Even from Rimini, in the heart of Romagna, you can catch a glimpse of an imposing fortress on one of the highest hills, surmounted by square walls: It is the Fortress of Montefiore Conca where, according to legend, the souls of two lovers, Costanza Malatesta and Ormanno, the German duke at the service of the Malatesta family with his army of fifty squires on horseback, still roam.
The Castle was built in the 14th century by the Malatesta family and was, as well as a mighty military construction, an elegant residential palace which had the honor of hosting important personalities including the King of Hungary Luigi D'Angiò, Pope Gregory XII and Pope Julius II.
Its position, strategic and at the same time panoramic, allows an overall view of the coasts of Romagna and of the whole valley, up to San Marino and beyond. From there you can admire Romagna, a land with a gentle landscape where the nature of the sea coexists with that of the inland hills, where the gaze finds expanses of fields cultivated in olive trees and vineyards, where suddenly the eyes are enchanted by hamlets positioned on harmonic promontories.
An exciting scenario in which one can get lost in one’s dreams as did the poet Ezra Pound writing the following verses about this place:
“I have tried to write Paradise.
Do not move.
Let the wind speak.
That is Paradise."
In addition to the castle rooms, such as the Emperor's Room with frescoes by Jacopo Avanzi, the Throne Room, some rooms with historical reconstructions and panoramic terraces, the tour itinerary also includes a rich display of archaeological finds uncovered in the waste pits during archaeological excavations, which allow us to reconstruct parts of daily life in the Rocca during the occupation of the Malatesta and Montefeltro families.
The presence of towers, fortresses, walls and castles that still characterizes Romagna and part of the Marche region dates back to the late Middle Ages. In this era the neighboring and often rival families of the Malatestas and Montefeltros fortified all the strategic points giving rise to a real network of defensive structures communicating with each other: once threatening and impregnable, today picturesque corners of peace and tranquillity.
Located on a hill at 385 meters above sea level, it is in a strategic position that makes it possible to dominate a truly unique panorama that in the past was a military fortune and is today an exciting scenario.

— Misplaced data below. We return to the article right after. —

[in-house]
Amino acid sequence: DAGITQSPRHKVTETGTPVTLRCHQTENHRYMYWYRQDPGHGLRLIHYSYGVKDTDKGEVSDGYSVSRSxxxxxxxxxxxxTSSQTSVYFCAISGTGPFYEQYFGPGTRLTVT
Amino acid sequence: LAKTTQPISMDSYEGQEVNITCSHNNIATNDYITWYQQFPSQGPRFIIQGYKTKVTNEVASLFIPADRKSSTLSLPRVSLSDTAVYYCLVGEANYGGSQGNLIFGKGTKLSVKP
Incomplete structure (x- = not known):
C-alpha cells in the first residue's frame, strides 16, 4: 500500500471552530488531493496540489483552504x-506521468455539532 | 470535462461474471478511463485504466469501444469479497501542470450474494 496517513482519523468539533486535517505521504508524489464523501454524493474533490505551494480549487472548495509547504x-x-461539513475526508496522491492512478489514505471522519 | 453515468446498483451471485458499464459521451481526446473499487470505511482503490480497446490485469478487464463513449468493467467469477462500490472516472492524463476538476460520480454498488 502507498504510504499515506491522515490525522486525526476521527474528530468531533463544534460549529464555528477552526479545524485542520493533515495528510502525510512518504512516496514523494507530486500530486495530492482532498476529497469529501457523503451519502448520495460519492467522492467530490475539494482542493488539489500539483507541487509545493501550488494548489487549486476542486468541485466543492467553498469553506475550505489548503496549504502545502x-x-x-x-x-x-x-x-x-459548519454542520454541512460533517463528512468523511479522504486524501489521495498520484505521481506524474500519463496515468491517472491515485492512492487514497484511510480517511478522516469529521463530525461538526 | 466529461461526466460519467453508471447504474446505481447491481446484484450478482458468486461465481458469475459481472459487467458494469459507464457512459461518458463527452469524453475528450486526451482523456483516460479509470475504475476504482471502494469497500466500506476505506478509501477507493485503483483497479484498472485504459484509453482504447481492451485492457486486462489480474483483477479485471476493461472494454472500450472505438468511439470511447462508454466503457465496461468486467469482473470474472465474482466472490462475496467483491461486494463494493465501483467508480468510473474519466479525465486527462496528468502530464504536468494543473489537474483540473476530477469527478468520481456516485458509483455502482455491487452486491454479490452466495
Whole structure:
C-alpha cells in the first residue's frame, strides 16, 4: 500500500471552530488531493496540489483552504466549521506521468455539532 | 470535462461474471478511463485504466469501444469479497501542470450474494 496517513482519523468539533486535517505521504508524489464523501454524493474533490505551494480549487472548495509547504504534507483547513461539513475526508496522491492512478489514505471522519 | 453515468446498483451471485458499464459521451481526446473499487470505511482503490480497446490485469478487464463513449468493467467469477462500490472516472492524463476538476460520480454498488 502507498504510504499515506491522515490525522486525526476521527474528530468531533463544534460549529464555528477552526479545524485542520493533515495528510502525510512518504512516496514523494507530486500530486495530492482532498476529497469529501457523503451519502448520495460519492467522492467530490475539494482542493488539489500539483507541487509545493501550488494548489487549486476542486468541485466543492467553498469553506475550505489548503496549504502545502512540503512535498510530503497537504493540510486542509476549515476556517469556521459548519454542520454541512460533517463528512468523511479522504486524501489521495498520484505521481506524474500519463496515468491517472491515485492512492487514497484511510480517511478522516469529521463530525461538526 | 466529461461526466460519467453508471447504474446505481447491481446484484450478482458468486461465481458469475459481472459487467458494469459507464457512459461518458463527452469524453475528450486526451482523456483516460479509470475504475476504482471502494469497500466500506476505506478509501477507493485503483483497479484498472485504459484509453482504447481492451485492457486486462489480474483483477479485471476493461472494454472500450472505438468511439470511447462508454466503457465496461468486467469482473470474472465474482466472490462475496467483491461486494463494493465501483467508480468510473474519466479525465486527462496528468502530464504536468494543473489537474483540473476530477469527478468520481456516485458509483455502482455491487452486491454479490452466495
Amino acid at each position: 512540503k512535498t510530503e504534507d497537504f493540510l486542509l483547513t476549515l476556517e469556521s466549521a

The origins of this hamlet are shrouded in mystery. Its history begins with the findings of the Roman era: They tell us about an ancient settlement connected to its important position on the Flaminia minor. Halfway between Rimini and Urbino it was a point of passage and refreshment for travelers heading to Rome.
Documents tell us that Montefiore was already listed as a Castrum in the 12th century.
The impressive fortress, with its severe and geometric lines, was built during the fourteenth century by the Malatesta family. One of the heydays of the hamlet dates back to this era, with a population of around 720 people.
The Rocca was born as a mighty war machine, part of a system of defensive structures devoted to the control of the Malatesta territories.
During the second half of the 1300s, and in particular during the reign of Malatesta Ungaro, the military function was combined with the residential one. The fortress of Montefiore Conca, expanded and enriched with frescoes and decorations, became with its large halls, one of the favorite summer residences of the family and a place to receive and entertain guests of the caliber of the King of Hungary Luigi D'Angiò, Pope Gregory XII first and then Julius II, and many others.
With the conquest of Montefiore Conca by the troops of Federico da Montefeltro, from the 16th century the area returned under the direct control of the Holy See, so much so that the villagers carved the weapon of Pius II on the entrance gate to the hamlet.
From 1463 to 1530 various owners succeeded the reign of Montefiore, among whom we recall the occupation of Cesare Borgia (1503), of the Republic of Venice (1504 - 1505) and from 1514, of the prince of Macedonia Costantino Comneno, who died here in 1530.
From the mid-fifteenth century the Rocca, owned by the Papal State until the unification of Italy, underwent a process of progressive dereliction. Neglect, looting, earthquakes, wars and other devastations reduced the entire structure to a state of degradation that subsided only after the Second World War. The first major restoration projects took place between the 1950s and the 1970s and set up partially disproportionate reconstruction work, but were fundamental for an initial preservation of the building.